\This review does contain spoilers//
The Doctor has regenerated and now that you’ve said your goodbyes to Matt Smith is it time to see Peter Capaldi in action and he doesn’t disappoint. This feature length episode begins in Victorian England as a Tyrannosaurus stomps around Parliament. This creature is roughly the size of Godzilla, but the British Inspector seems to only be able to respond in the most British way imaginable. “What’s this dinosaur fellow doing in the Thames?” Really Inspector? Dinosaur fellow? Anyway, we are quickly introduced to a couple of series regulars, Madame Vastra and Jenny Flint. The reptilian Madame Vastra is particularly well used in this scene do to her intimate knowledge of the dinosaur (a distant relative of hers no doubt). Jenny uses a peculiar Sonic device designed by an 13 year old (seriously it was!) to determine that there is something lodged in its throat. That something happens to be the TARDIS, which explains why the dinosaur is there while simultaneously giving the 12th Doctor a grand entrance into series 8 via a Jurassic dry heave.
After Madame Vastra provides an absurdly convenient solution to keep the T-Rex at bay for awhile, the Doctor emerges a sporadic mess. His forgetfulness of people and their names combined with his age particularly reminded me of someone with dementia. Knowing this was all due to him adjusting to his new body, I could not wait for it to be over to see how he truly acts when he is firing on all cylinders. Capaldi’s performance during these scenes was still great and loaded with humor, but seeing the Doctor scared and confused made me extremely uncomfortable.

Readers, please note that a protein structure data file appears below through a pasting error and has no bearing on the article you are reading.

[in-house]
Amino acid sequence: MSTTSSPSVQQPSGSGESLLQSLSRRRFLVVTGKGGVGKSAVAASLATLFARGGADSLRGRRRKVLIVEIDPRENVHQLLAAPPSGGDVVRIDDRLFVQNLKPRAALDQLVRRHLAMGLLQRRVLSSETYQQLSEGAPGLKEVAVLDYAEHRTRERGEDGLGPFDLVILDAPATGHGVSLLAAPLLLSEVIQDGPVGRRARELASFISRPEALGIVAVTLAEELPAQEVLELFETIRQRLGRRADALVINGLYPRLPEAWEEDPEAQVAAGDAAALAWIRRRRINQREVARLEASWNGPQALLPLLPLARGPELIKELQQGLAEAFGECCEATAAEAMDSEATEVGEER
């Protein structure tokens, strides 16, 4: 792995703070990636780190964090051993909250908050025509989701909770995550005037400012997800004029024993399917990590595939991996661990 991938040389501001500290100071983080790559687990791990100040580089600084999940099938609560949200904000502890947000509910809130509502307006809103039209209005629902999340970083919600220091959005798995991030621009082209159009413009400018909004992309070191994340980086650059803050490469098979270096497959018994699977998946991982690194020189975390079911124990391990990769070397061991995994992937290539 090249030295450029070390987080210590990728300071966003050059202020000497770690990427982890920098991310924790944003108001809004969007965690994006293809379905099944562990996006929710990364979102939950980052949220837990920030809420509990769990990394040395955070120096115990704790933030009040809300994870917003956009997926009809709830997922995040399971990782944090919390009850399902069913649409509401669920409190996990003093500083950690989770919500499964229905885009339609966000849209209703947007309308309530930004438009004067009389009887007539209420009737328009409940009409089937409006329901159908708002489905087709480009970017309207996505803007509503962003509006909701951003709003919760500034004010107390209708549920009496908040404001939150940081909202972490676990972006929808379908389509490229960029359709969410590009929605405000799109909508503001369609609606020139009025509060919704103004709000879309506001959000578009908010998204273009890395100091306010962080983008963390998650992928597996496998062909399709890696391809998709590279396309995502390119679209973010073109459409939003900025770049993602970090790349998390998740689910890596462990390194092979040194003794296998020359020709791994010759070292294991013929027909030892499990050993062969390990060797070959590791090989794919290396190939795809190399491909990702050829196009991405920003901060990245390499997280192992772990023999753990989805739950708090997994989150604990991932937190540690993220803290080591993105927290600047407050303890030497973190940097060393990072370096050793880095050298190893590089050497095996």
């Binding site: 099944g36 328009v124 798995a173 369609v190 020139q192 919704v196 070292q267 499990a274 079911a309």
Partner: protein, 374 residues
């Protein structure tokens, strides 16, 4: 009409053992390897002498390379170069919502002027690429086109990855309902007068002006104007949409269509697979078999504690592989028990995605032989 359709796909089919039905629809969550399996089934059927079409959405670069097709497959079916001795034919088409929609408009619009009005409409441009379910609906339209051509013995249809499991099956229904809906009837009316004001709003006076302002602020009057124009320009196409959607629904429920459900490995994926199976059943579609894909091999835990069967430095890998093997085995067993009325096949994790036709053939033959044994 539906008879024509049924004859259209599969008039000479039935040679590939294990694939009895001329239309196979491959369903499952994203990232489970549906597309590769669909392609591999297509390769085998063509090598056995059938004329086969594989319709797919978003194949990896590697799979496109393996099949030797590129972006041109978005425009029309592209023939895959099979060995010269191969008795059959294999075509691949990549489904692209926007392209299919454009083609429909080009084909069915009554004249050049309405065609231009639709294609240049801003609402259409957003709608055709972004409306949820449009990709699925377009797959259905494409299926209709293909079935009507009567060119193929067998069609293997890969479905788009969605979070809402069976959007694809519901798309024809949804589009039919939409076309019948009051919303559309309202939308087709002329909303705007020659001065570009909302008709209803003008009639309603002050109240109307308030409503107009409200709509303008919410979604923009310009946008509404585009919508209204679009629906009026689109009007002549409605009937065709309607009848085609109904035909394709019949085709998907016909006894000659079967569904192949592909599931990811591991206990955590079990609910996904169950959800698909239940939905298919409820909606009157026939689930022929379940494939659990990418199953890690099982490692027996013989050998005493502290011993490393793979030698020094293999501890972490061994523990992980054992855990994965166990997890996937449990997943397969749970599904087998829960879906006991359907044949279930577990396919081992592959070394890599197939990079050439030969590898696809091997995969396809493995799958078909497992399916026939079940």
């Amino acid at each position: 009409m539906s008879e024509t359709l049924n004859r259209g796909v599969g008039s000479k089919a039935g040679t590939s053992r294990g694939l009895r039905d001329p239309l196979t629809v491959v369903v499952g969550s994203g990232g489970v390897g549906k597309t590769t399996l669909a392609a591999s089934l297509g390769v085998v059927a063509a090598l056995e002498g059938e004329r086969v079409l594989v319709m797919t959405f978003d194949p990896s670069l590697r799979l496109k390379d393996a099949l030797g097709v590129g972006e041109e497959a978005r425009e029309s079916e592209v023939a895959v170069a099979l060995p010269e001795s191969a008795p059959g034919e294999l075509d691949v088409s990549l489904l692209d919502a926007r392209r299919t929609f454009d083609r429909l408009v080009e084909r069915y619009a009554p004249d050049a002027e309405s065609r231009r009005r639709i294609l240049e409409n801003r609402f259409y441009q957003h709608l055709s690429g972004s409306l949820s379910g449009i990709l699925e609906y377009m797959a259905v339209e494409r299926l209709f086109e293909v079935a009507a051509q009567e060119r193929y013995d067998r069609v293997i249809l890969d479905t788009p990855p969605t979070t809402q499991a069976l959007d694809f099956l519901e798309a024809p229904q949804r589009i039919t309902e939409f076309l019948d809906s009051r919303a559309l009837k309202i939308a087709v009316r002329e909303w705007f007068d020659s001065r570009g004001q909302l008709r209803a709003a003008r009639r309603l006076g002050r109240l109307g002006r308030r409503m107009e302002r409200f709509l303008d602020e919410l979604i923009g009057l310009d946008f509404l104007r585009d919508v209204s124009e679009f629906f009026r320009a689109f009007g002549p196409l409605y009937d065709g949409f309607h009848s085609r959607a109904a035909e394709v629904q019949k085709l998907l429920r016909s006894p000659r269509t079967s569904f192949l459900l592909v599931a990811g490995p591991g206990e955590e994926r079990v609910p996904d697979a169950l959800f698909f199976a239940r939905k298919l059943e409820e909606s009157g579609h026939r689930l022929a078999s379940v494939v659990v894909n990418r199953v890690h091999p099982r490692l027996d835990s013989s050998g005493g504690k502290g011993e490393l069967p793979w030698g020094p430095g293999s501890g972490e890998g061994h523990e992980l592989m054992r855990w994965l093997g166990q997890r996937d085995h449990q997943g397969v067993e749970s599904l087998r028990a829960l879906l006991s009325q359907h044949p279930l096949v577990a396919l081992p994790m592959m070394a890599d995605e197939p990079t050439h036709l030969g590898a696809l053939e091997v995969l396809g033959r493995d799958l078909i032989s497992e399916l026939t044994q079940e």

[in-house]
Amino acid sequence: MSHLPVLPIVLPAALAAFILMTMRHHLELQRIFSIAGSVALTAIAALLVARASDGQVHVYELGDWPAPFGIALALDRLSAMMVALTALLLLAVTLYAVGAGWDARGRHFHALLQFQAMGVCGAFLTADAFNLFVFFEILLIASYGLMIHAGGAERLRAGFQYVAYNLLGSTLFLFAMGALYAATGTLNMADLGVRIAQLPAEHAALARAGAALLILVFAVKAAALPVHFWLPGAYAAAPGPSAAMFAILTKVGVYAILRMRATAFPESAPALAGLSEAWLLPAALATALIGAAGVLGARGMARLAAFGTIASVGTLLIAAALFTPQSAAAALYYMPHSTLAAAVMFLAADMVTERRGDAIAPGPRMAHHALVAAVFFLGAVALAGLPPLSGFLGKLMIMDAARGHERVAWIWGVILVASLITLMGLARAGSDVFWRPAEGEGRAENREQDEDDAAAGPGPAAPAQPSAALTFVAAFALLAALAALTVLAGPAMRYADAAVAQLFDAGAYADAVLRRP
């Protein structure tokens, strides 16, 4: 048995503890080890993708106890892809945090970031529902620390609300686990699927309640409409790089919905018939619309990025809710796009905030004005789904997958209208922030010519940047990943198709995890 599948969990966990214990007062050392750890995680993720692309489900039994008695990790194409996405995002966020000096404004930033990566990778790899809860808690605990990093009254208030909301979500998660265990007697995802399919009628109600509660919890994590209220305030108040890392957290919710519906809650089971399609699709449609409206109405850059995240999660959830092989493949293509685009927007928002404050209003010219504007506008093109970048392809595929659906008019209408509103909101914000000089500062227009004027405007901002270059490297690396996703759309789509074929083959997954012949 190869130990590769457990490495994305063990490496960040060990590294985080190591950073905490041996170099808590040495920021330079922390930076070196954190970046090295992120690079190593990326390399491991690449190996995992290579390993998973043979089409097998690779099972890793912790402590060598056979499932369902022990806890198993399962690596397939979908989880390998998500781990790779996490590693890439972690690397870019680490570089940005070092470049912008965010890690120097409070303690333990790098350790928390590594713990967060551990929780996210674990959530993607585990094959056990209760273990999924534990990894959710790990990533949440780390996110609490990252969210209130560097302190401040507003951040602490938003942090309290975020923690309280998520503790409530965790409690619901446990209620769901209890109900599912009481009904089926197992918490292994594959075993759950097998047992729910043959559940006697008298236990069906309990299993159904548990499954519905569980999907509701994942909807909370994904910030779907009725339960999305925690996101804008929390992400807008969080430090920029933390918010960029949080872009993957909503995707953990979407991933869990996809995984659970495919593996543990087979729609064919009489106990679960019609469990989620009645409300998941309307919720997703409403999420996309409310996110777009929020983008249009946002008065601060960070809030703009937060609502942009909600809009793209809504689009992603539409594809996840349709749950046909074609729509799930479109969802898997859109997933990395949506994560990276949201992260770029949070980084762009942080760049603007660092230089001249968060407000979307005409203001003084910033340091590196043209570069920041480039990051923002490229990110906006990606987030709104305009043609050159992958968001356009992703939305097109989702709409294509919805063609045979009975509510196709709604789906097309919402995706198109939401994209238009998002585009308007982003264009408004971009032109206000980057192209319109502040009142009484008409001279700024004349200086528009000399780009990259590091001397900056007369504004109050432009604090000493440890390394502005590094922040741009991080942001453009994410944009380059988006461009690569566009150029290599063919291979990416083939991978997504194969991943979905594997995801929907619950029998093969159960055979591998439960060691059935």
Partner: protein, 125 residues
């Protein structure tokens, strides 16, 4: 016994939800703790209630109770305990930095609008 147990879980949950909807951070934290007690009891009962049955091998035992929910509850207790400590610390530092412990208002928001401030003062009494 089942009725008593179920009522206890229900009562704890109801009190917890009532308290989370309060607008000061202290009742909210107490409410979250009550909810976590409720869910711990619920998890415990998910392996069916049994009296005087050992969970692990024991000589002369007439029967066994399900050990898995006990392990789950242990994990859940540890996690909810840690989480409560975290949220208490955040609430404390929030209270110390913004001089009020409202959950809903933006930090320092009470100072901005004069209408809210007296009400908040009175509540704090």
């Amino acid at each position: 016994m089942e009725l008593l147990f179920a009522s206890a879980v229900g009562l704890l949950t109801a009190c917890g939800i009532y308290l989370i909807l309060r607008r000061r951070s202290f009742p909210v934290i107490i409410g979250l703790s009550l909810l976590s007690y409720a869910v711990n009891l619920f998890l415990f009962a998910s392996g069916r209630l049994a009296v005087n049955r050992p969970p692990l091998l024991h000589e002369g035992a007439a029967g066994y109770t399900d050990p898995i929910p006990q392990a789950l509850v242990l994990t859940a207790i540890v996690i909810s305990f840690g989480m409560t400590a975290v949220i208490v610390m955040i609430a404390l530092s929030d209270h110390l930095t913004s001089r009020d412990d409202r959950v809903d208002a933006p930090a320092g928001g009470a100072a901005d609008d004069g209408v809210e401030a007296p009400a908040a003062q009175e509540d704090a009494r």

Much of the episode focused on Clara and her difficulty to accept the older Doctor. Despite the fact that she has witnessed multiple iterations of the Doctor other than Matt Smith including David Tennent and the much older John Hurt, you would think she would have a full grasp on what exactly regeneration entails. The purpose of her trepidation toward Capaldi seems to be more for the sake of the audience (specifically those who might not be willing to accept the new Doctor). It’s understandable to want make the transition as easy for viewers as possible. I have no doubt that there will be a ratings drop by the second episode. They just want to make that drop as small as possible by literally having Matt Smith plead to them to give Capaldi a chance.
Clara isn’t the only one who is having trouble accepting the new Doctor. The Doctor himself has a crisis over his new appearance as well. Some of my favorite bits of the episode was his criticisms toward his own appearance. His commentary on his “angry” eyebrows was a lot funnier than his remarks regarding his “kidneys” seconds after he regenerated. It gets more interesting when he says he is sure that he has seen his face before. We as the audience know that he actually has seen the same face in the series 4 episode ‘The Fires of Pompeii’ when Peter Capaldi played Caecillius, but it’s not clear if that is the face he is referring to. However according Tor.com, Steven Moffat said in an interview that he will be borrowing the 12th Doctor’s origin from Russell T. Davies who had an idea in mind specifically for Peter Capaldi. This episode suggests that the Doctor’s appearance is not as random as I’ve previously imagined. Vastra suggested that 11th Doctor looked young because he wanted to be accepted and flirt with women and now the Doctor suggests his current appearance may be based on a face he has previously seen, similar to the real theory that we cannot dream new faces for strangers in our dreams; they are always people we’ve seen before.